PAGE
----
Box Office Bomb: The second and third movies in the U.S. For The Next Chapter, Budget, $36 million. Box office, $17 million (domestic), $56,468,971 (worldwide). This led to the third unrelated film having a budget of $17 million. Box office, $5 million in Germany, but allegedly not even 5 figures in the States, where it screened in limited release, was ripped to shreds, and eventually came Direct-to-Video without Warner's involvement (Disney/Miramax distributed it instead).
Dawson Casting: The "high school students" in III are in their mid-20's - or older. Similarly, Julie Cox is cast as the "Childlike" Empress despite being 21 by the time the film came out, which is noticeable in that she was actually taller than Jason James Richter, who played Bastian in that film.
Disowned Adaptation: Michael Ende filed an injunction to stop the production of the film, or failing that prevent them from using the title of his novel. He was unsuccessful, and demanded that his name be removed from the credits.
Enforced Method Acting: That look of shock on Atreyu's face and how dazed he looks getting up after he kills Gmork? That was real. Apparently, they didn't realize how heavy the mechanical wolf puppet could be, and when they shot the scene, it almost knocked out Atreyu's actor. They decided not to try for a second shot after he revealed the claws almost poked out one of his eyes too.
Executive Meddling: After the first film's test screenings revealed that audiences were not enthused with Klaus Doldinger's score, the studio commissioned Giorgio Moroder to replace some of the original music with his own. Wolfgang Petersen was not pleased, though some could be argue that Tropes Are Not Bad because of the title song, one of the most memorable aspects of the film to many viewers.
Franchise Killer: The third film thanks to actually being considered worse than Chapter 2 (which only scored a 14% on Rotten Tomatoes). Characters didn't retain their original personalities, Atreyu being absent and the series' iconic theme song at the end of the movie (which reused a "Born to Be Wild" rendition) were the final nails in this film's bookcover.
The Other Darrin: The second movie has only one of the main actors from the first movie, and the third movie doesn't have any of them.
Playing Against Type: Jack Black, who is typically known for plying somewhat bumbling yet lovable misfits, is the Big Bad of the third film.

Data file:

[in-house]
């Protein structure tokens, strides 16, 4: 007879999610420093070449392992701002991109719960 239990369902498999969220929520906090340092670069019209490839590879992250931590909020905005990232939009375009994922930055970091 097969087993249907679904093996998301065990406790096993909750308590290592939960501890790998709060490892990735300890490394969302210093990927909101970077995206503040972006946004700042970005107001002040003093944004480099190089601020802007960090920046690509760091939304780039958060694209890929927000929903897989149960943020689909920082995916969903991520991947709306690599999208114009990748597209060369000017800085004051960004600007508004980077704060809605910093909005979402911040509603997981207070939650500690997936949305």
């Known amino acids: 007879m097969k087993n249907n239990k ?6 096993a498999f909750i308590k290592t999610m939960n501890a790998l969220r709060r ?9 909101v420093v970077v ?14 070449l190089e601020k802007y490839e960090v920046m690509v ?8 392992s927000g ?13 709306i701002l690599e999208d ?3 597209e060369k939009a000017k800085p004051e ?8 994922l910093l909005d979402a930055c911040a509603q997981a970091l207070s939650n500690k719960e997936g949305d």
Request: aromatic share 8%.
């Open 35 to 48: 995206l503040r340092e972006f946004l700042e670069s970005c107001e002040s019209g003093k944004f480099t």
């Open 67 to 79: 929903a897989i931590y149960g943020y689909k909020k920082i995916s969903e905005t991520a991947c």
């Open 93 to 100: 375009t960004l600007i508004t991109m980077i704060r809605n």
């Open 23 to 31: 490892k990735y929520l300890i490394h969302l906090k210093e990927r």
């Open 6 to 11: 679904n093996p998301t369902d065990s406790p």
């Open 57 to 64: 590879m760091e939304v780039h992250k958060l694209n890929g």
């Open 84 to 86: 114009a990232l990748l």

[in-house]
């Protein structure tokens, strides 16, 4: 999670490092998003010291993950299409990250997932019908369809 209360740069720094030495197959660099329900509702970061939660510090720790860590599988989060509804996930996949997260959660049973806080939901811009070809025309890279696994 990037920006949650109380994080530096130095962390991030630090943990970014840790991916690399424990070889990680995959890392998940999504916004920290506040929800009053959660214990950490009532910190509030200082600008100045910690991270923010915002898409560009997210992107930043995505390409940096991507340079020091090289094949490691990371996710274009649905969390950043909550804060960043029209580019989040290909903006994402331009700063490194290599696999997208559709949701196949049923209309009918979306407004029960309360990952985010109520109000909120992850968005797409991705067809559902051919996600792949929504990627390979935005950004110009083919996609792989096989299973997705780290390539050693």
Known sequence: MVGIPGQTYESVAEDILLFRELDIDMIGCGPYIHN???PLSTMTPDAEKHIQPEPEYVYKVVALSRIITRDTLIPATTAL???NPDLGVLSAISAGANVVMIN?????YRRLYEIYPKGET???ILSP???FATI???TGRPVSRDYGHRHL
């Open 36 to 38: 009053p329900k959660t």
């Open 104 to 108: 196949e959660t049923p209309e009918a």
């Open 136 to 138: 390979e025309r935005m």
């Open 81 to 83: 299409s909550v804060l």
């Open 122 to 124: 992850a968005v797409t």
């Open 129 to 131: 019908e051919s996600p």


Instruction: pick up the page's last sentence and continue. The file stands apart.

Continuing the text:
Troubled Production: As the most expensive movie made in Germany up to that time (and, indeed, the most expensive movie made outside the US or USSR at that time), it's hardly surprising that a bit of this trope was responsible for that:
Poor Noah Hathaway. Right before production was to begin he suffered crushed vertebra in a horse-riding accident, putting him flat on his back in a hospital bed for two months while he recovered. Then the green-skinned look Atreyu has in the book had to be scrapped when it made him "look like fungi" in screen tests. Lastly he was caught underwater during the Swamp of Sadness scenes and lost consciousness before he could be rescued. After the near-blinding noted under Enforced Method Acting, Pedersen decided not to shoot another take due to the risk of further injury to his already battered actor.
Tami Stronach, the Childlike Empress, also got into the injury act, losing her two front teeth shortly before filming started. It took her some time to get used to the hastily-made bridges; in some scenes they left her with an audible lisp.
The scenes in the Swamp of Sadness cost $130,000 per day of filming for the two months it took to film those scenes. This led to two other special-effects scenes being canceled due to financial reasons. One of which, the first appearance of Falcor, left some plot holes as a result.
Ende, as noted under Disowned Adaptation, hated the movie and sued unsucessfully to have either the whole production shut down or the title changed. He particularly took issue with the film's ending, which shows Fantasia restored with little creative input from Bastian and also shows Falkor crossing into the real world (noted to be impossible in the novel, as Fantasticans who enter the real world become lies). This is why Ende's name is not referenced in the film's opening credits.
Vaporware: German game developer Discreet Monsters' The Real Neverending Story, which wasn't really getting anywhere even before Discreet Monsters was felled by the end of a tech bubble. The main personnel involved eventually produced a much less ambitious game, Auryn Quest.